It is past my bedtime…a week ago…or maybe not. Ever since the US officially tried to change the time of day, and especially this year, i remain confused about Daylight Savings Time.
i don’t mind it, mind you. There is something that fills me with calmness walking down a pier on the bay before first light, but otherwise, i am much like our house-bound cats: i am ready to eat when it’s time to eat regardless of some mandate trying to move time.
i am up later than usual, trying to get my clock oriented to yet another government dictate, this time it’s time. i should be doing a myriad of tasks: setting up programs to track taxes, budgets, meeting personal obligations, putting some order in this nonsensical mess of an office so i can find something when i want it, cleaning up this computer’s files, cataloguing photographs…damn, i’m tired just thinking about it. And i had one hell of a time today accomplishing a ten-minute task in just under three hours. Yes, it was dealing with a government bureaucracy gone haywire. And i was doubly tired, especially of working.
So tired, i collapsed under the weight and after dinner, went back about thirty years or so to get my bearings. Back then, my residence was a two-bedroom, two story apartment on 8th and E in Coronado. I was a rip-roaring single U.S. Navy commander with my occasional apartment mate and shipmate, “Go Ugly Early” JD Waits (it was before he met Mary Lou the second time). The stereo system was almost constantly playing in that apartment.
So i took out a couple of my favorite LP’s from that era — yes, i am an antique and still play my records occasionally — sat in my office, read a bit but mostly listened, escaping to not necessarily better times, but certainly more carefree times of my past.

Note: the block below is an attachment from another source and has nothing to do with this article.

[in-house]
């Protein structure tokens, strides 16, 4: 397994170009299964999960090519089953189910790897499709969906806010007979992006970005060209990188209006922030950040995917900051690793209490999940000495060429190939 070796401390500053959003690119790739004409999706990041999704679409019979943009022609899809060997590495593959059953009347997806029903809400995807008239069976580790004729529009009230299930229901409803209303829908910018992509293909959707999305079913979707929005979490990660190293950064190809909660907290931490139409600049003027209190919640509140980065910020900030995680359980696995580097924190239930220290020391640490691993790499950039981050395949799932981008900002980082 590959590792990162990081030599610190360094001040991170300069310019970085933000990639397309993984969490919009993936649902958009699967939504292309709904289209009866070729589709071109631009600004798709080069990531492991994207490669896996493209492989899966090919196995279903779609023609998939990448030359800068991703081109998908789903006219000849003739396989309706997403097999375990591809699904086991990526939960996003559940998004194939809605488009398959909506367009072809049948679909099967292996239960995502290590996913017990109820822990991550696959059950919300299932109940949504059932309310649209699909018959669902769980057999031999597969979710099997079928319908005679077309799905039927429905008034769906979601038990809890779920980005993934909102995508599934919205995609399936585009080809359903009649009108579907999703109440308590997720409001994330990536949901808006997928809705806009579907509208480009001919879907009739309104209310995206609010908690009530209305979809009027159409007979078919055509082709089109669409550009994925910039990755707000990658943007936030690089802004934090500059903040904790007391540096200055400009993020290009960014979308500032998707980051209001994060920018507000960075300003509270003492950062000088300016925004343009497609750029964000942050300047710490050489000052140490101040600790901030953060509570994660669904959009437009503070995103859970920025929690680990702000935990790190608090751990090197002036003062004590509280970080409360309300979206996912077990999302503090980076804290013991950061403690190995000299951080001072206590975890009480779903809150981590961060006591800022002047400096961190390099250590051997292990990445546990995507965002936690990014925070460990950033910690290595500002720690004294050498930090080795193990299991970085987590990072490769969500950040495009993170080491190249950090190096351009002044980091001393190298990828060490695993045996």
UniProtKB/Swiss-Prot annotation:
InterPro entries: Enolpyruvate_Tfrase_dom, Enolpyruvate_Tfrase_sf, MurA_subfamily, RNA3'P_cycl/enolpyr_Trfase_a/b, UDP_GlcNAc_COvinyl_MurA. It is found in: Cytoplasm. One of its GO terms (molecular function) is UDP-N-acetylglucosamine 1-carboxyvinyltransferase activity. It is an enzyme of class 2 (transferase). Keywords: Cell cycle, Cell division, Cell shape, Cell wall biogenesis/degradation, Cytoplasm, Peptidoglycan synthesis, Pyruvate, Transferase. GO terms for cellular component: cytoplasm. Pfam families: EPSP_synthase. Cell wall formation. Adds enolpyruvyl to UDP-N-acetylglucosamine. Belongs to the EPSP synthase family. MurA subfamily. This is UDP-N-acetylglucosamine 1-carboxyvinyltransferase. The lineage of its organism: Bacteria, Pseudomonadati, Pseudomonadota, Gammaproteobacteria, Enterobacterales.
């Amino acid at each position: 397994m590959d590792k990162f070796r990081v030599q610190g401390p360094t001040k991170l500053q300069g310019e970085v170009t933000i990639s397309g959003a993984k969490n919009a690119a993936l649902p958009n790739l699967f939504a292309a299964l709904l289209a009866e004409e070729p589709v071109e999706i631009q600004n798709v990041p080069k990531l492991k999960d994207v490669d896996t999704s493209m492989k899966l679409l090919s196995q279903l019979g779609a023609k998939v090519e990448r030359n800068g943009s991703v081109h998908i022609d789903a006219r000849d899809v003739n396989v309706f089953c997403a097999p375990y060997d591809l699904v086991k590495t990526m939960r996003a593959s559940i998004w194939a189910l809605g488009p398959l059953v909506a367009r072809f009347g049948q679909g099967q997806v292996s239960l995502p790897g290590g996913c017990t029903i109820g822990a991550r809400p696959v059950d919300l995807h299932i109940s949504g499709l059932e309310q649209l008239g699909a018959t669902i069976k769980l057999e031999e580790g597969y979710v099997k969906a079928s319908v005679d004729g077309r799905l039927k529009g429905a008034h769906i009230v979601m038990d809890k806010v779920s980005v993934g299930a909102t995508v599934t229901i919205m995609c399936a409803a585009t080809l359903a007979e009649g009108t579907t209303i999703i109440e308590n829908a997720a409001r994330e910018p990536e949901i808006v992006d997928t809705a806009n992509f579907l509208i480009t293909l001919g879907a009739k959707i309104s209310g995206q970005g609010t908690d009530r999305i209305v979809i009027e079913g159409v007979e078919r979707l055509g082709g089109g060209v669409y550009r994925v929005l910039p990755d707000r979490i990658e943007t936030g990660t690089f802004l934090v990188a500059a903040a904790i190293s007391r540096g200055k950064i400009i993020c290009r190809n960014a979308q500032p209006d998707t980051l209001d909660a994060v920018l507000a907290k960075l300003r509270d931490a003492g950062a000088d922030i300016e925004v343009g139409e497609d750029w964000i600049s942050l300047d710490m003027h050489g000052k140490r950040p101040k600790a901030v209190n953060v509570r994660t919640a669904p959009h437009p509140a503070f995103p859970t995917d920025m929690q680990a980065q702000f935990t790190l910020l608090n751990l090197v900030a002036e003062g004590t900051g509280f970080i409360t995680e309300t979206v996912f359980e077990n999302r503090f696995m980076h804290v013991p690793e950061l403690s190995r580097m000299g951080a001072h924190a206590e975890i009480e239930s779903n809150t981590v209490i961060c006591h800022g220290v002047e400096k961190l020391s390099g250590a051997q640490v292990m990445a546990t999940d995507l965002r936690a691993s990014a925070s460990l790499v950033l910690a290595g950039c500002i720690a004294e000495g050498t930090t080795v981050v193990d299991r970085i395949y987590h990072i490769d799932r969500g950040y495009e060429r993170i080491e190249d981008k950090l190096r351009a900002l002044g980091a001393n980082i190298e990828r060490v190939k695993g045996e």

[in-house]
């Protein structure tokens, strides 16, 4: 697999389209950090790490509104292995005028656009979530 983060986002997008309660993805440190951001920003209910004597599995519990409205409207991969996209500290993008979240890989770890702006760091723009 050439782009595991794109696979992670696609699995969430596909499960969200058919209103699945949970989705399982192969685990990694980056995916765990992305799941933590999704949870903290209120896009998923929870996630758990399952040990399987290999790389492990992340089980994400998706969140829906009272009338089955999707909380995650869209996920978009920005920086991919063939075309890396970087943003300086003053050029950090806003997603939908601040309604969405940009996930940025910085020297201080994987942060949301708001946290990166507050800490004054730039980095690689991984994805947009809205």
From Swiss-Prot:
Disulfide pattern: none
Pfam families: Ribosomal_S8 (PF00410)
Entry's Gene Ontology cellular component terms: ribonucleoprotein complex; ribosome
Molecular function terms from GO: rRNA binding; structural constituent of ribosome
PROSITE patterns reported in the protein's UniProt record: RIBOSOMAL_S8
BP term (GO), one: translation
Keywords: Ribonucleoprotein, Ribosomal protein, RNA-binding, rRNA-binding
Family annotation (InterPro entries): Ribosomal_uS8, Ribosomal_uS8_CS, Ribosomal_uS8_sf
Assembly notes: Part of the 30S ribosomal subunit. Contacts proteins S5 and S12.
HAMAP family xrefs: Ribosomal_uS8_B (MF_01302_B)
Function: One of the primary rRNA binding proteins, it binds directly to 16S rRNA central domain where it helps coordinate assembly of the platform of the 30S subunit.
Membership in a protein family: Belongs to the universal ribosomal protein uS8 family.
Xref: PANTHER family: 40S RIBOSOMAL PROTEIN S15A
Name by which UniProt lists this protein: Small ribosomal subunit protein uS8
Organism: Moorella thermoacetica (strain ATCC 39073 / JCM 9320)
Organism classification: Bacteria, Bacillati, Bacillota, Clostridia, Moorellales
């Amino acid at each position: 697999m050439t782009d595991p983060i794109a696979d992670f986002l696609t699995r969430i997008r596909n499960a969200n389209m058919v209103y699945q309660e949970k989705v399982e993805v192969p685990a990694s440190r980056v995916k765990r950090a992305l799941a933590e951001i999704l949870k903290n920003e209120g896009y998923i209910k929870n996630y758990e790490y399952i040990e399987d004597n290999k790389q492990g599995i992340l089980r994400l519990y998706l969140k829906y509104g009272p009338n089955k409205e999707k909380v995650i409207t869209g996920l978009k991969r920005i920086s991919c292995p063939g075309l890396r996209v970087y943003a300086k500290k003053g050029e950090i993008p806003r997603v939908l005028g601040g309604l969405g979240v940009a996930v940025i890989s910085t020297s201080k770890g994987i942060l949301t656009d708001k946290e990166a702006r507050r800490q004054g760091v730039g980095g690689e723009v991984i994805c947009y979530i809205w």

i had intended to listen to only one cut from Buffalo Springfield’s “Best of…” album, “For What It’s worth.” But it got me in the mood, and i listened to the whole damn thing, marveling at just how good that music was.
Sometime during that apartment stay, before JD moved out and then the two of us moved to bachelor heaven, a upstairs condo in the Coronado Cays with our patio looking down on our boat slip and JD’s new 25-foot Cal sailboat, Maureen, whom i had started dating, loaned me her Keith Jarrett album, “The Kðln Concert,” an incredible virtuoso solo performance through four LP sides. Jarrett’s spread of musical allure still captivates me.
Finally, i went for the gusto, and put on the three-record album of The Nitty Gritty Dirt Band, which crossed all sorts of musical boundaries.
i had become enamored of the group when i bought their album “Uncle Charlie and His Dog Teddi” without having a clue who they were or what they sang. But it was 1970, and i was sailing between Sasebo, Japan (where i bought the record in the Navy Exchange), Pusan, Korea, and Vietnam, where we debarked new ROK troops or embarked them to take them home. But i liked the album cover of the old man and his dog. It turned out i loved their music, especially their version of “Mister Bojangles.”
So when they convinced all of the great country music stars of two generations to join them in an album released in 1972, i lined up to be an early purchaser of “Will the Circle Be Unbroken.”
As i listened to the band play with Earl Scruggs, Vassar Clement, Mama Maybelle Carter, Doc Watson, Roy Acuff, and on and on and on, i could not believe how such good music it was again.
Tonight, i will sleep well.
Goodnight, Doc, Earl, Maybelle, Nitty Gritty’s, and you too Keith Jarrett, Steve Stills, Neil Young, and all of you other folks who made the music of my past.